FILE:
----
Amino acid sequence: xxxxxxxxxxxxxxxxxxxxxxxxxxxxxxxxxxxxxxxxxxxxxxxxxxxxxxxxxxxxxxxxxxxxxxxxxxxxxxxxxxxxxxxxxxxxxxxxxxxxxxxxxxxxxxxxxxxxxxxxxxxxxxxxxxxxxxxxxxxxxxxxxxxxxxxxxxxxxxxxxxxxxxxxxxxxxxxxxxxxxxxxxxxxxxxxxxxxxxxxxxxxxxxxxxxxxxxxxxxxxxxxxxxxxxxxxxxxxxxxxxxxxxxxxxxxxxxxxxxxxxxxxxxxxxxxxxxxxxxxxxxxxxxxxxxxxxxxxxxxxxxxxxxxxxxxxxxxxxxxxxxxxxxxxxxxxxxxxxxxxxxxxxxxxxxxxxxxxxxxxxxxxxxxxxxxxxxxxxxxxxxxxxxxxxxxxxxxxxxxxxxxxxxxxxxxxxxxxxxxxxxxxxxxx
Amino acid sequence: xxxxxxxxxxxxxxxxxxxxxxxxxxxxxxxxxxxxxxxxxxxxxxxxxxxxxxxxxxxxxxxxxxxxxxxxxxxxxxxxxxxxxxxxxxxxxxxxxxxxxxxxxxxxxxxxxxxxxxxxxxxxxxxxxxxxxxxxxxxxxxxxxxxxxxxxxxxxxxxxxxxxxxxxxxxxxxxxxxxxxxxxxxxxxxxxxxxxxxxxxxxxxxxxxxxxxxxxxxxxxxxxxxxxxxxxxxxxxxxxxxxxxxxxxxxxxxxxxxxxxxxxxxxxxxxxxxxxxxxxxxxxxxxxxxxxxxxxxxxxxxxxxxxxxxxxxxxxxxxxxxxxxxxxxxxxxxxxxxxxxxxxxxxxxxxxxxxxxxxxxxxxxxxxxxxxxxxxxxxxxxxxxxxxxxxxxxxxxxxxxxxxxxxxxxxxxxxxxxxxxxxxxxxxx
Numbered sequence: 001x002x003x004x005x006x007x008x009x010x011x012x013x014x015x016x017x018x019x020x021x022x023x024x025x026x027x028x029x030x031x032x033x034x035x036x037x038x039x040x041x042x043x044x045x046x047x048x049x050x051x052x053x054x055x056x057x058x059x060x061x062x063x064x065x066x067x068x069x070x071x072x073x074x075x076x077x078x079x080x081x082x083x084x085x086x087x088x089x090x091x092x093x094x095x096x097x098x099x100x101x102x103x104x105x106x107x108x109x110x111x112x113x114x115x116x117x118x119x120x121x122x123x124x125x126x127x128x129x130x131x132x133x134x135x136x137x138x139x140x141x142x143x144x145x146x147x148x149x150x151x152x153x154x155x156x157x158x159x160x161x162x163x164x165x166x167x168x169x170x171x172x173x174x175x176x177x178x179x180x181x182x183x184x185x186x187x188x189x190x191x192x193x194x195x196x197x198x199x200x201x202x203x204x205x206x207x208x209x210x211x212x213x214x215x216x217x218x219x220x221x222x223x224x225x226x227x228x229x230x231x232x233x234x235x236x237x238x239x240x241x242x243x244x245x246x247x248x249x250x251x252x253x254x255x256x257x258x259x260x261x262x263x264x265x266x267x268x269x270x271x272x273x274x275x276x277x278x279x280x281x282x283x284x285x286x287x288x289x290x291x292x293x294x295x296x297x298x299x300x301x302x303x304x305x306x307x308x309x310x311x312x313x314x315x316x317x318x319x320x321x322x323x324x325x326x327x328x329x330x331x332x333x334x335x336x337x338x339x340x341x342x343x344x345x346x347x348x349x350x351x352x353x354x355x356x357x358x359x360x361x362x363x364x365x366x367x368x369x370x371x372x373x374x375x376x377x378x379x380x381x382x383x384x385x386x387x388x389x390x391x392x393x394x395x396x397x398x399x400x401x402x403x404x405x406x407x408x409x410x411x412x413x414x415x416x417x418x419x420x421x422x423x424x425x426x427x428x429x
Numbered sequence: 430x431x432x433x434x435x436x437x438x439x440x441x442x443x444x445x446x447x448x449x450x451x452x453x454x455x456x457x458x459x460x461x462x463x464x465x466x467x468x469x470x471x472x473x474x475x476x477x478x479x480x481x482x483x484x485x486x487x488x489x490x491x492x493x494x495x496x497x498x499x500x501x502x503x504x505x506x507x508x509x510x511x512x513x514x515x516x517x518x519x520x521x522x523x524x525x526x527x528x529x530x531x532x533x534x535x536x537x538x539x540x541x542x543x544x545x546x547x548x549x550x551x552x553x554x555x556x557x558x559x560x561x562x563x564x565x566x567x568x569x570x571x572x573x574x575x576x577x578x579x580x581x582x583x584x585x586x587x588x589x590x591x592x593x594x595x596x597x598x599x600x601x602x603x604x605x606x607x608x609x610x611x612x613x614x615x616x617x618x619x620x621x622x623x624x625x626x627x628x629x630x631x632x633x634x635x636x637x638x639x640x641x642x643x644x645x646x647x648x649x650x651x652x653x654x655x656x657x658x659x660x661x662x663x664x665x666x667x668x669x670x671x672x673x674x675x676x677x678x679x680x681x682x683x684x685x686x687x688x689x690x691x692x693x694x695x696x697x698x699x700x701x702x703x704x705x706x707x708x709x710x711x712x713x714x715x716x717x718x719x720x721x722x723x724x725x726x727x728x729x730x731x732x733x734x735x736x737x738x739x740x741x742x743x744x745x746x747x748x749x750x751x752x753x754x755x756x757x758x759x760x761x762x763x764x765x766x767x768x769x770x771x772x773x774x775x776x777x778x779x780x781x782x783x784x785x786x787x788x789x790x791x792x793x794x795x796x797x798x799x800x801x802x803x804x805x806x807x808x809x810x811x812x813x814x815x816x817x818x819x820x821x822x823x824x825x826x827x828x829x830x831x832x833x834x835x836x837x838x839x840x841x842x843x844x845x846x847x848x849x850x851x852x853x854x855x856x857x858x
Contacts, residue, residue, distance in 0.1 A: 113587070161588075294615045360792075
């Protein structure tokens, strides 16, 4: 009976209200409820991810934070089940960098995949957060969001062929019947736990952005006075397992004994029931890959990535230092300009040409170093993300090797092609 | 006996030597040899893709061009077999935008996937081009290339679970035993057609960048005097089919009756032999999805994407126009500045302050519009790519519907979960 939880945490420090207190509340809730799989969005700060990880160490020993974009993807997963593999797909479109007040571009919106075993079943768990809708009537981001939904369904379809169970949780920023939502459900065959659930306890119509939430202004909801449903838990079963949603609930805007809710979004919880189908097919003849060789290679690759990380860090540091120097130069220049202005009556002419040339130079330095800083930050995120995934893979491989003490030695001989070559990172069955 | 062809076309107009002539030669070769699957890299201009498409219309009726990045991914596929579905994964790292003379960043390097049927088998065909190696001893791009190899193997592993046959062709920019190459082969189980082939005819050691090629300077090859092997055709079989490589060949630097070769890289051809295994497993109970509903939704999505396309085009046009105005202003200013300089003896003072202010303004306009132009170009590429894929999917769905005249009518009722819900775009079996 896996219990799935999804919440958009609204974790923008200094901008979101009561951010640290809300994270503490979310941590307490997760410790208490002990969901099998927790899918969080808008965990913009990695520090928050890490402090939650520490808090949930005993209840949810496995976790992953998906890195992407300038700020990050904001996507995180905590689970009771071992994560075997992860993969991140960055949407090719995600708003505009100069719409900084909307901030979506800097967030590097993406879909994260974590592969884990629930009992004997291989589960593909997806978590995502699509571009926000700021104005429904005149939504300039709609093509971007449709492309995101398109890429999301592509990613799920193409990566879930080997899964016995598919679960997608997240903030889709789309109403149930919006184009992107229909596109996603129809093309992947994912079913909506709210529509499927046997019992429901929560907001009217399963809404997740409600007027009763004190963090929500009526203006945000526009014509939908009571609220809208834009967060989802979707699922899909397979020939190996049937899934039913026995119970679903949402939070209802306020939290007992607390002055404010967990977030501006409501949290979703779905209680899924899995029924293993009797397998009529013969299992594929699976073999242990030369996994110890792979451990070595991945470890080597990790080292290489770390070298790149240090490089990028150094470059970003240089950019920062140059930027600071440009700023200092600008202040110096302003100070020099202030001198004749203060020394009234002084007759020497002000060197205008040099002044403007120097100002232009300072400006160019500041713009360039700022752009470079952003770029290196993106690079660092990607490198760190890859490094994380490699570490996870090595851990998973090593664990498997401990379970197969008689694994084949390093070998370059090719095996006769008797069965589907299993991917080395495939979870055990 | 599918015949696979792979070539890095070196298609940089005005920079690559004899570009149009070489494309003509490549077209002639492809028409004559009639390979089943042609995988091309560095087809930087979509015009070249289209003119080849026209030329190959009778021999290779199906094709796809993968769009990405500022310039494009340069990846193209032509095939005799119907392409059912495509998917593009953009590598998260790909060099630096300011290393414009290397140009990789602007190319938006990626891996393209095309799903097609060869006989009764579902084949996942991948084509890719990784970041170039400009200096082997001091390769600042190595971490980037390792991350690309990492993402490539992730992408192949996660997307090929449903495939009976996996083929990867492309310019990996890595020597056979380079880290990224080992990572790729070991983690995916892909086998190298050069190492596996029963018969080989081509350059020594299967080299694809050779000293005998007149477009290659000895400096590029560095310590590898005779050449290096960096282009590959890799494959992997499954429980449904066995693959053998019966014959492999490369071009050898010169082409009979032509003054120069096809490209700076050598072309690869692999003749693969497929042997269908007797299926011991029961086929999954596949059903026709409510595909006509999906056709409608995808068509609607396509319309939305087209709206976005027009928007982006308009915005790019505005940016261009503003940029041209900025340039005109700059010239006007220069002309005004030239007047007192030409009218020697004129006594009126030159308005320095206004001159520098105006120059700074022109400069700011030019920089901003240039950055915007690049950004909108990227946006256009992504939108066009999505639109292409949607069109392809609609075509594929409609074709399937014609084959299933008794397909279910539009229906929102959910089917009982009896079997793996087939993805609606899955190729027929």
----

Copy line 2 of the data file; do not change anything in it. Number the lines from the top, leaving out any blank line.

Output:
Amino acid sequence: xxxxxxxxxxxxxxxxxxxxxxxxxxxxxxxxxxxxxxxxxxxxxxxxxxxxxxxxxxxxxxxxxxxxxxxxxxxxxxxxxxxxxxxxxxxxxxxxxxxxxxxxxxxxxxxxxxxxxxxxxxxxxxxxxxxxxxxxxxxxxxxxxxxxxxxxxxxxxxxxxxxxxxxxxxxxxxxxxxxxxxxxxxxxxxxxxxxxxxxxxxxxxxxxxxxxxxxxxxxxxxxxxxxxxxxxxxxxxxxxxxxxxxxxxxxxxxxxxxxxxxxxxxxxxxxxxxxxxxxxxxxxxxxxxxxxxxxxxxxxxxxxxxxxxxxxxxxxxxxxxxxxxxxxxxxxxxxxxxxxxxxxxxxxxxxxxxxxxxxxxxxxxxxxxxxxxxxxxxxxxxxxxxxxxxxxxxxxxxxxxxxxxxxxxxxxxxxxxxxxxxxxxxxxx